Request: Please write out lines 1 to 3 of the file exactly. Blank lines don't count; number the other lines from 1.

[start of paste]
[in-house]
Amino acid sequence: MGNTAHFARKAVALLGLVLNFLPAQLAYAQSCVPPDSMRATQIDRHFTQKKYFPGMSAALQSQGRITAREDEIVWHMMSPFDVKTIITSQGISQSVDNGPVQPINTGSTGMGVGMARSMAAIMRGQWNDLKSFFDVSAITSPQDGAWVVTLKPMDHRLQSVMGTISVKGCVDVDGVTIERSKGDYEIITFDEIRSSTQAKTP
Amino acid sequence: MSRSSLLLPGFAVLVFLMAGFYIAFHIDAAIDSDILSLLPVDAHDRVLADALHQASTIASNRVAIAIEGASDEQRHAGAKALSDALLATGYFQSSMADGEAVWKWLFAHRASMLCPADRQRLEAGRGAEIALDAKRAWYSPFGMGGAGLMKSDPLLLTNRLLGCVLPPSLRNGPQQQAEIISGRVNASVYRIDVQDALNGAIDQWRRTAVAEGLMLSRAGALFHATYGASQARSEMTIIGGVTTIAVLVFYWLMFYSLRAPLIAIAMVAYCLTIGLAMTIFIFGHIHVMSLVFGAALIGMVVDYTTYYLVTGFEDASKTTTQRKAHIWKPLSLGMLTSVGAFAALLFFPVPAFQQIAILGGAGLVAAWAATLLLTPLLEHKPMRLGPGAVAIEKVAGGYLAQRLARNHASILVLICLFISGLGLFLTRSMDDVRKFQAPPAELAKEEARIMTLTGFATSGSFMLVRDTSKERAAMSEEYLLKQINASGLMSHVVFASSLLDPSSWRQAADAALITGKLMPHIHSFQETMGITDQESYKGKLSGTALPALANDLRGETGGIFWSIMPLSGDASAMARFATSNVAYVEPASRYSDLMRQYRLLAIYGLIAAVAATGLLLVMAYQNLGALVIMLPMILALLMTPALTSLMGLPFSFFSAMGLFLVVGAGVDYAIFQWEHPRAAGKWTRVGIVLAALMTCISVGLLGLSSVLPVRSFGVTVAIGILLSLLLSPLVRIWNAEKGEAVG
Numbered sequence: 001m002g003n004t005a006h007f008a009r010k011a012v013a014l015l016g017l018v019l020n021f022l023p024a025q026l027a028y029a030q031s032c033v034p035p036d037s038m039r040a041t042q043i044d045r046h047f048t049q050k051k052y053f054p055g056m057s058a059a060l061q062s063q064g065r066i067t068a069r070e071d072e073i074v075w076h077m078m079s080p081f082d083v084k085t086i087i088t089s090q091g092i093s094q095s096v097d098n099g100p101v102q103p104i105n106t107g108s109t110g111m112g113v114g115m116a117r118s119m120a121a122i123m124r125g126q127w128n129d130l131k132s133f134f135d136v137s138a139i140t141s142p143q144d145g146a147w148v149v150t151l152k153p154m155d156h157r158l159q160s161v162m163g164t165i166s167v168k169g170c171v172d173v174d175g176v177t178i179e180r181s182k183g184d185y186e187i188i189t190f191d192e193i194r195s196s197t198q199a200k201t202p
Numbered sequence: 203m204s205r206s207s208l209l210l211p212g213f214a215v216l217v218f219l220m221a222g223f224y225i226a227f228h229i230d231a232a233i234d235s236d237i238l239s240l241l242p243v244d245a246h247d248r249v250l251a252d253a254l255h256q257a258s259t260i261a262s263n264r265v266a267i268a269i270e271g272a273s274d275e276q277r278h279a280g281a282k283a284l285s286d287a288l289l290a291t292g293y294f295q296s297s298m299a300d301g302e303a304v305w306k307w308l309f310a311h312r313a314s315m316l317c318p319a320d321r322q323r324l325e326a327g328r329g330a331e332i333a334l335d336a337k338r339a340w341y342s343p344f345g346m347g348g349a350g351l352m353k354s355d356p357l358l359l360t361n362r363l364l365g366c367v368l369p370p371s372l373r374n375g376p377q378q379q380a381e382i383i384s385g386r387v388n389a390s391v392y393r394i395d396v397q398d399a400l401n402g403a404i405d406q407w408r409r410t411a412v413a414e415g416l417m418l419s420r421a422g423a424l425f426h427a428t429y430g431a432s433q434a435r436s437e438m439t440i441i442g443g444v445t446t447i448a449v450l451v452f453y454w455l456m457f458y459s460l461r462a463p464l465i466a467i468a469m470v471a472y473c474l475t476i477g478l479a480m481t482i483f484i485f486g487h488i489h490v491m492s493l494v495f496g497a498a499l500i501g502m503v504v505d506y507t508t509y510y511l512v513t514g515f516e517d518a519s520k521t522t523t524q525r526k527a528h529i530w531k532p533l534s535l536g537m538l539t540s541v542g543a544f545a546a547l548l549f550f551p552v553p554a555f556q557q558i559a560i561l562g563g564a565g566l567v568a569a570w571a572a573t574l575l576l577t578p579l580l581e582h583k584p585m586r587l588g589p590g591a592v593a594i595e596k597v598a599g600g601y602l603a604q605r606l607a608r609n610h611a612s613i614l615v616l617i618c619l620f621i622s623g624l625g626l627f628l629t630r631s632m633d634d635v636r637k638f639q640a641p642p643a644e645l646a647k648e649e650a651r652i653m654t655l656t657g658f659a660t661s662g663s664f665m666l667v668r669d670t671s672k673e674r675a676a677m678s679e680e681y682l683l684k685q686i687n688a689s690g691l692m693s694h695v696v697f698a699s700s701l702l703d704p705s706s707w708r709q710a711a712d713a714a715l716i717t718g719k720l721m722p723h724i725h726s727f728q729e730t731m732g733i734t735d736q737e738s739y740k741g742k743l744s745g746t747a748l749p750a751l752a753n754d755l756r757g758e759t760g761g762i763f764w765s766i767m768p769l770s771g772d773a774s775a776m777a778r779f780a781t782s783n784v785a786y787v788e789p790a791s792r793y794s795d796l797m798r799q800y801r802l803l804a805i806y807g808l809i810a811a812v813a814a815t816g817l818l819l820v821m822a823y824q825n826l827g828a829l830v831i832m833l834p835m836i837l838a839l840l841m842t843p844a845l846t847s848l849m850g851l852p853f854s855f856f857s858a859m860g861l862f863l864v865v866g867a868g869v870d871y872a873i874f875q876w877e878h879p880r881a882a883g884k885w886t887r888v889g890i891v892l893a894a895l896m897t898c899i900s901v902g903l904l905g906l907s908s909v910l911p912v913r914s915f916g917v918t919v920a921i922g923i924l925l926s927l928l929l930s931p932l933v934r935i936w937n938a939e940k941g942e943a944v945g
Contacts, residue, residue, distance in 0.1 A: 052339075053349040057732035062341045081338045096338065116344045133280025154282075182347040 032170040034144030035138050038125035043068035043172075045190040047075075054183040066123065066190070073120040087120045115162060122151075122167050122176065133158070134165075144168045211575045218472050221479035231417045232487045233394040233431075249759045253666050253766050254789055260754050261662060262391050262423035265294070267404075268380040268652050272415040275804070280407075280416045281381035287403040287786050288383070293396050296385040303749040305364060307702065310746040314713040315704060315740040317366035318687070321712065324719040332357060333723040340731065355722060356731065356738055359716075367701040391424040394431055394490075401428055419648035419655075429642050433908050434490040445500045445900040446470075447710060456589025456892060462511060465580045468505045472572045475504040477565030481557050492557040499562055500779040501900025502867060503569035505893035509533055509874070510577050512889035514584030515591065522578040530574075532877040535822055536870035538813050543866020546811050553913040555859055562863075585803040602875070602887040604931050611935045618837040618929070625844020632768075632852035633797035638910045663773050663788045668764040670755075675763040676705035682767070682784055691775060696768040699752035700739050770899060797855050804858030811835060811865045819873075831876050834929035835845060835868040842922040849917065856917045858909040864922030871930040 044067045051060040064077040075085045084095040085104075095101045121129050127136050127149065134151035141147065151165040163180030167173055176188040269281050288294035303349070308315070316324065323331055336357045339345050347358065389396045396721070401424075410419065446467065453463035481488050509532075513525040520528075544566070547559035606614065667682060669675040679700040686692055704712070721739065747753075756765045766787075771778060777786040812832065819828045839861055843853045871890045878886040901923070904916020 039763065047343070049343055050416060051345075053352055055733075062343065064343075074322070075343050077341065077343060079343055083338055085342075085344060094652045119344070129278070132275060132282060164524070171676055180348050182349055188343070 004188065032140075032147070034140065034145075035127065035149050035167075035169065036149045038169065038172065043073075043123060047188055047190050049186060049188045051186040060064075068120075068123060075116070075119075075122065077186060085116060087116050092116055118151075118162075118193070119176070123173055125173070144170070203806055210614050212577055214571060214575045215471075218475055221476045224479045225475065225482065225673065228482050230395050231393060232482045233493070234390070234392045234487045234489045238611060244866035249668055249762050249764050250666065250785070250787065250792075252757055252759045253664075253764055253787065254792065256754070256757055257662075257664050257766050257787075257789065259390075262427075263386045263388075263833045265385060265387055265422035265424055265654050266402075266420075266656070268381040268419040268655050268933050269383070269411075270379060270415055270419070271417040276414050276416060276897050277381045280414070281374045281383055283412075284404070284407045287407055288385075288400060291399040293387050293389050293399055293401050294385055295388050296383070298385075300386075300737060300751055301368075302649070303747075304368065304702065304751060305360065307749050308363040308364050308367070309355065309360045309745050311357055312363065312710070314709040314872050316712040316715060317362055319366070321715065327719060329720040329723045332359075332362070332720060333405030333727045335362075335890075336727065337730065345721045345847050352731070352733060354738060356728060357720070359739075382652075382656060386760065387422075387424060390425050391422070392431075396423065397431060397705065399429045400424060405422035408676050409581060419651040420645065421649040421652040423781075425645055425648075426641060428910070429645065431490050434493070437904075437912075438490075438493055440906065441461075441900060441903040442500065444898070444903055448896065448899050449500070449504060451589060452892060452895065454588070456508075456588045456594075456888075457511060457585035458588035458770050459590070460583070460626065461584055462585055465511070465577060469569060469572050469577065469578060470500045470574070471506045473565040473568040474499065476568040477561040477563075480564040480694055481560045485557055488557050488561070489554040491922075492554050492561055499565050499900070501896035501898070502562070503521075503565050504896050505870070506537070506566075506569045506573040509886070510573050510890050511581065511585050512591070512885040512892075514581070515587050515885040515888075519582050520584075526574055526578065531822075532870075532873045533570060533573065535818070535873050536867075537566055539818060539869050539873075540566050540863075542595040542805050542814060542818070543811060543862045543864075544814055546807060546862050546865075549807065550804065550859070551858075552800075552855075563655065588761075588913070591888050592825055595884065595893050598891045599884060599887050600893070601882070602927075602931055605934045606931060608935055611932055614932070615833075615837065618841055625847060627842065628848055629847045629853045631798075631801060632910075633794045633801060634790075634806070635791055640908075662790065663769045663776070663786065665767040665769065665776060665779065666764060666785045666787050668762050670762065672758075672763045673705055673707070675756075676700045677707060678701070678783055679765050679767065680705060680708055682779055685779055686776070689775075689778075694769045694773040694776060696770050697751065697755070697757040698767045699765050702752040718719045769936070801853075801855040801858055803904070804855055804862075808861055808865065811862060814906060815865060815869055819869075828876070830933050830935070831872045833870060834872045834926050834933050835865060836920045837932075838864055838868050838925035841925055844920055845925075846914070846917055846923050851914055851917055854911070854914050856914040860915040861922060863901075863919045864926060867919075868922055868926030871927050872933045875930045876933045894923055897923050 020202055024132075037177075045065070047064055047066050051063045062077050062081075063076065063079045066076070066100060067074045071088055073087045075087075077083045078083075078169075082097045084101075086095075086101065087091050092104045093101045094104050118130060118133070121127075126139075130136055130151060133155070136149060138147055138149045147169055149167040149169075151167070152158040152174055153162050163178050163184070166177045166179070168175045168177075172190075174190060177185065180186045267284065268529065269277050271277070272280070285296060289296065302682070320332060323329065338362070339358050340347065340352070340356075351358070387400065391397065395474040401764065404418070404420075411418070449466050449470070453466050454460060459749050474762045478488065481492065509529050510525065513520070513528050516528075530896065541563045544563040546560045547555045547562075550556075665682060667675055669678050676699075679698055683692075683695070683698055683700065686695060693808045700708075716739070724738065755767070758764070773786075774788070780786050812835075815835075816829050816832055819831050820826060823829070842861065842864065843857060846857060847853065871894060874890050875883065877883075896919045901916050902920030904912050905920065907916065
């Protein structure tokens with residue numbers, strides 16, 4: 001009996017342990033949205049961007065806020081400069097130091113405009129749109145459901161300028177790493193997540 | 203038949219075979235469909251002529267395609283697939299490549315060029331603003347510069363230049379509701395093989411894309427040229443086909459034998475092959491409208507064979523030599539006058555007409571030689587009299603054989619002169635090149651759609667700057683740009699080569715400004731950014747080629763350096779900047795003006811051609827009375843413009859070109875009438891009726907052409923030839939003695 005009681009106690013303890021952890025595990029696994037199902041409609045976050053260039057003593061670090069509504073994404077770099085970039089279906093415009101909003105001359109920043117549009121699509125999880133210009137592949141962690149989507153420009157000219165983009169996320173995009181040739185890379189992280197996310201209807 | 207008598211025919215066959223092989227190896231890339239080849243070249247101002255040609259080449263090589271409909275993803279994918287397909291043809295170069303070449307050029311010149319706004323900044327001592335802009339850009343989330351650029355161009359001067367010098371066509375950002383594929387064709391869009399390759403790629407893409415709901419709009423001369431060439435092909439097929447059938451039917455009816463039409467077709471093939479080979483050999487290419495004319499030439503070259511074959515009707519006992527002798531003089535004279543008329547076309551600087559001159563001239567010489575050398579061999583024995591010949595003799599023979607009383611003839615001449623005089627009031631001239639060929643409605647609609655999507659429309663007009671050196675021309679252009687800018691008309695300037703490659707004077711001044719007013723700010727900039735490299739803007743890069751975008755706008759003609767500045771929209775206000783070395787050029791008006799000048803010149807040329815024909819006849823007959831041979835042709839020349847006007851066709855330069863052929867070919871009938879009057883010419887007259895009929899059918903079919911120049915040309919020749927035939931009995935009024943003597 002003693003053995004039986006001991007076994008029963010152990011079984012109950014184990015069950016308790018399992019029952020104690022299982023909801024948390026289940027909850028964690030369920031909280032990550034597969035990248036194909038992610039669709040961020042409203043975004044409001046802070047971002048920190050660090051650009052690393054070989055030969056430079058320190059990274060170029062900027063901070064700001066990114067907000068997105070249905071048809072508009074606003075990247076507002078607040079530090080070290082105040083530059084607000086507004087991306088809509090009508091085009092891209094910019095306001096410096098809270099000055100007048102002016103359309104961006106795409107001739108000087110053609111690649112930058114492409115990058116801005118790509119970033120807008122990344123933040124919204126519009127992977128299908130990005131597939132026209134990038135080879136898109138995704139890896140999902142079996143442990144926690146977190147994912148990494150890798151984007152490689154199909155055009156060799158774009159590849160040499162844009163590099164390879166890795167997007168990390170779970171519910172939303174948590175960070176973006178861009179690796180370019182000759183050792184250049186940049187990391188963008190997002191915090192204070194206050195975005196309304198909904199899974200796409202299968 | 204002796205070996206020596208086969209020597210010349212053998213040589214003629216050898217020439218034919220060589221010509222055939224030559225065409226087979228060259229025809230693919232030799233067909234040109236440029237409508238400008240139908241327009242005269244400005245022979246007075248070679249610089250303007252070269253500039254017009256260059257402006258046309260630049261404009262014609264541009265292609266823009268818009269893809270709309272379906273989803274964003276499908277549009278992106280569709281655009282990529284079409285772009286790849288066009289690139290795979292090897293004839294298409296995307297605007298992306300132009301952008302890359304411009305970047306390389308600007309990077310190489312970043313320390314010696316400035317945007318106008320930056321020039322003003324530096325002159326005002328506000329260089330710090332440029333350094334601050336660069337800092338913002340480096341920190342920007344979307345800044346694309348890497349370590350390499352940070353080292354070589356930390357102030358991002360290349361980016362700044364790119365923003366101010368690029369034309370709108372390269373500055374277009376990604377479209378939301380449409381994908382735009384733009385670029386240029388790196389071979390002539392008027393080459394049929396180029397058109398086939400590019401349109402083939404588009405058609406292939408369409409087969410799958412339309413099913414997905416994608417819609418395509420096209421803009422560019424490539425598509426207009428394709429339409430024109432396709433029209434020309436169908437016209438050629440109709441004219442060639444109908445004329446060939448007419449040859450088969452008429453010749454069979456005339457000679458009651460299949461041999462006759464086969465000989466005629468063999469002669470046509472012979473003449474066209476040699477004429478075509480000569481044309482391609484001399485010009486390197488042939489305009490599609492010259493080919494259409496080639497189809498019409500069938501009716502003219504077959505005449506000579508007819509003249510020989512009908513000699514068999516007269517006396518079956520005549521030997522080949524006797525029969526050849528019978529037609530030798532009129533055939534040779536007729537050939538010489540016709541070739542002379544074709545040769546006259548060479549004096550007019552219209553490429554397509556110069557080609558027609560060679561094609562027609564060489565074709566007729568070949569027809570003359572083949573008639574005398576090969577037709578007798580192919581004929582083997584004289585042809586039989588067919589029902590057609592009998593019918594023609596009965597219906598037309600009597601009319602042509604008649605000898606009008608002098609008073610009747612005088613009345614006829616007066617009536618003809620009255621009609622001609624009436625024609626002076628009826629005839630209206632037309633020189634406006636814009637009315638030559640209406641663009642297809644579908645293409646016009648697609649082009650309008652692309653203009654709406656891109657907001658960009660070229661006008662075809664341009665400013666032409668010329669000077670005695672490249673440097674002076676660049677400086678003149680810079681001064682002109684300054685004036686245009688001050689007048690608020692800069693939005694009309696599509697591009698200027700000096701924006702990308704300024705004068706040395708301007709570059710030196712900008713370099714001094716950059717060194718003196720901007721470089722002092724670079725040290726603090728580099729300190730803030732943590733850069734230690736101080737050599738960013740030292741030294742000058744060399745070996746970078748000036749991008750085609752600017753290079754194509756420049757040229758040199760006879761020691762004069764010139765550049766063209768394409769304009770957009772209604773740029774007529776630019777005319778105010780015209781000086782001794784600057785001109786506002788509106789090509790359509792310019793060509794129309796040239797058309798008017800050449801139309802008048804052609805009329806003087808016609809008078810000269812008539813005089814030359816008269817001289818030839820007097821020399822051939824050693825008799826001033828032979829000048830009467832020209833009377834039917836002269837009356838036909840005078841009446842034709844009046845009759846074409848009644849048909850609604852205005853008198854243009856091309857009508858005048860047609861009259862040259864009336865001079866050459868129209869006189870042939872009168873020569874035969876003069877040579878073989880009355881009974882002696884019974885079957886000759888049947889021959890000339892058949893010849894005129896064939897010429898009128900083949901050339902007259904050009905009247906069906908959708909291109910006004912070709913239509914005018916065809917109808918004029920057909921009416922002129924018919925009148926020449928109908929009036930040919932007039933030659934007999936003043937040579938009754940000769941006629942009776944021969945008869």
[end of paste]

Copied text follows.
[in-house]
Amino acid sequence: MGNTAHFARKAVALLGLVLNFLPAQLAYAQSCVPPDSMRATQIDRHFTQKKYFPGMSAALQSQGRITAREDEIVWHMMSPFDVKTIITSQGISQSVDNGPVQPINTGSTGMGVGMARSMAAIMRGQWNDLKSFFDVSAITSPQDGAWVVTLKPMDHRLQSVMGTISVKGCVDVDGVTIERSKGDYEIITFDEIRSSTQAKTP
Amino acid sequence: MSRSSLLLPGFAVLVFLMAGFYIAFHIDAAIDSDILSLLPVDAHDRVLADALHQASTIASNRVAIAIEGASDEQRHAGAKALSDALLATGYFQSSMADGEAVWKWLFAHRASMLCPADRQRLEAGRGAEIALDAKRAWYSPFGMGGAGLMKSDPLLLTNRLLGCVLPPSLRNGPQQQAEIISGRVNASVYRIDVQDALNGAIDQWRRTAVAEGLMLSRAGALFHATYGASQARSEMTIIGGVTTIAVLVFYWLMFYSLRAPLIAIAMVAYCLTIGLAMTIFIFGHIHVMSLVFGAALIGMVVDYTTYYLVTGFEDASKTTTQRKAHIWKPLSLGMLTSVGAFAALLFFPVPAFQQIAILGGAGLVAAWAATLLLTPLLEHKPMRLGPGAVAIEKVAGGYLAQRLARNHASILVLICLFISGLGLFLTRSMDDVRKFQAPPAELAKEEARIMTLTGFATSGSFMLVRDTSKERAAMSEEYLLKQINASGLMSHVVFASSLLDPSSWRQAADAALITGKLMPHIHSFQETMGITDQESYKGKLSGTALPALANDLRGETGGIFWSIMPLSGDASAMARFATSNVAYVEPASRYSDLMRQYRLLAIYGLIAAVAATGLLLVMAYQNLGALVIMLPMILALLMTPALTSLMGLPFSFFSAMGLFLVVGAGVDYAIFQWEHPRAAGKWTRVGIVLAALMTCISVGLLGLSSVLPVRSFGVTVAIGILLSLLLSPLVRIWNAEKGEAVG